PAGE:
A cover letter is an integral portion of nearly any work application. To close the deal, you must demonstrate your abilities and skills, as well as your enthusiasm for the position.
Are you stumped as to what to include in your cover letter or how to organize each detail? We show you how to write a cover letter for a work application to get you an interview.
What is a cover letter?
A cover letter, also called a closing letter or an acceptance letter is a one-page document that introduces a job seeker’s career experience, technical qualifications, and personal interest in applying for a position. Cover letters are still needed in 2021, even though they will seem outdated.
Your cover letter aims to elaborate on your resume’s accomplishments, highlight your personality, and clarify why you’d be a good candidate for the organization. Overall, your cover letter (along with your resume) helps managers and recruiters screen your job submission.
How to format a cover letter?
Your cover letter should be professionally written, concise, and to the point. So choose a legible font and avoid over-embellishing. There’s no need for pictures, Comic Sans, or word art.
It should be the correct length, as well as written in clear paragraphs. If you ramble on, you’ll bore yourself and the recruiter. A cover letter should be no more than half of an A4 sheet of paper or maximum one page in length.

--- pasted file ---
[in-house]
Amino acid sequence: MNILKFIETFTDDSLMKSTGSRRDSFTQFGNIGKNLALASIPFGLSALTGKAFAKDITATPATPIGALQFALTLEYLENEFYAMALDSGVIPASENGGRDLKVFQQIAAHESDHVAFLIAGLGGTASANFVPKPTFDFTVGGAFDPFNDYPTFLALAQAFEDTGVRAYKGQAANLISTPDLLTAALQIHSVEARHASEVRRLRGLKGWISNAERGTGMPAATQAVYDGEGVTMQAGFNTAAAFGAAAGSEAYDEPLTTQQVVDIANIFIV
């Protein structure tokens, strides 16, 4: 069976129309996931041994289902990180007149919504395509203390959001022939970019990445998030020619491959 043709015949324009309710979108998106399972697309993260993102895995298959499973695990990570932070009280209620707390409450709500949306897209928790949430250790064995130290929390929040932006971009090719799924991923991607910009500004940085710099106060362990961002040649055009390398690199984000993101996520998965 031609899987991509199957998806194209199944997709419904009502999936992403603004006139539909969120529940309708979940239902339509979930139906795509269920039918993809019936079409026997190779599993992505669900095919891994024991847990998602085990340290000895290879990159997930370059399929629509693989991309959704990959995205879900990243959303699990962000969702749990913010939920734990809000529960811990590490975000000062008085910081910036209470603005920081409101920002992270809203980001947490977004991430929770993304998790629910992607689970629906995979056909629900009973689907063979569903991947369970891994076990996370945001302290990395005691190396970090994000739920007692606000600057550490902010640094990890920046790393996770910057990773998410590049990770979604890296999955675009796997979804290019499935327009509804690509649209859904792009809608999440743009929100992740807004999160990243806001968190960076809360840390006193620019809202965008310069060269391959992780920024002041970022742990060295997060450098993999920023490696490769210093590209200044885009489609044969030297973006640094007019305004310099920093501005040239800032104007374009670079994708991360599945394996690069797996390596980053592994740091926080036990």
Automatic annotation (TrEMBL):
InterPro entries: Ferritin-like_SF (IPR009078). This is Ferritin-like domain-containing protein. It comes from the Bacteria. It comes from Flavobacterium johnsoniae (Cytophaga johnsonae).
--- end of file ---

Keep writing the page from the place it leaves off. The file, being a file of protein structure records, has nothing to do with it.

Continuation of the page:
Create a new cover letter for each job.
Yes, taking the cover letter you wrote for the last submission, updating the business name, and sending it off is much simpler and smoother. However, most employers like to see that you’re genuinely enthusiastic about the job and the business, which necessitates writing a unique letter for each position you apply for. While it is appropriate to reuse a few solid sentences and phrases from one cover letter to the next, don’t consider sending out an utterly generic letter.
What do you put in your cover letter?
Use the following general form when composing the cover letter:
An introduction should carefully be written to get the recruiting manager’s interest and illustrate why you want the position.
Have at least two paragraphs outlining your related qualifications, expertise, and job experience, as well as why you’re a good candidate for the role.
A clear conclusion confirms your talents and invites the recruiting manager to approach you (known as a call to action).
This cover letter writing tutorial will walk you through each of these parts, step by step, explaining what to include in your cover letter.
You’ll have a nicely formatted and convincing cover letter that looks like this by the end of the guide:
How to write a good cover letter?
Job hunters often have a lot of questions about how to write a great cover letter. I’m not sure what to bring in my cover letter. I’m not sure how to phrase it. How much information can I provide? These and many other questions are answered below. Let’s begin!
1. Put the contact information in the header
Type at the top of your cover letter.
- Your full name
- Technical email address (rather than ridiculous firstname.lastname@example.org)
- Contact information
- Postal address (optional)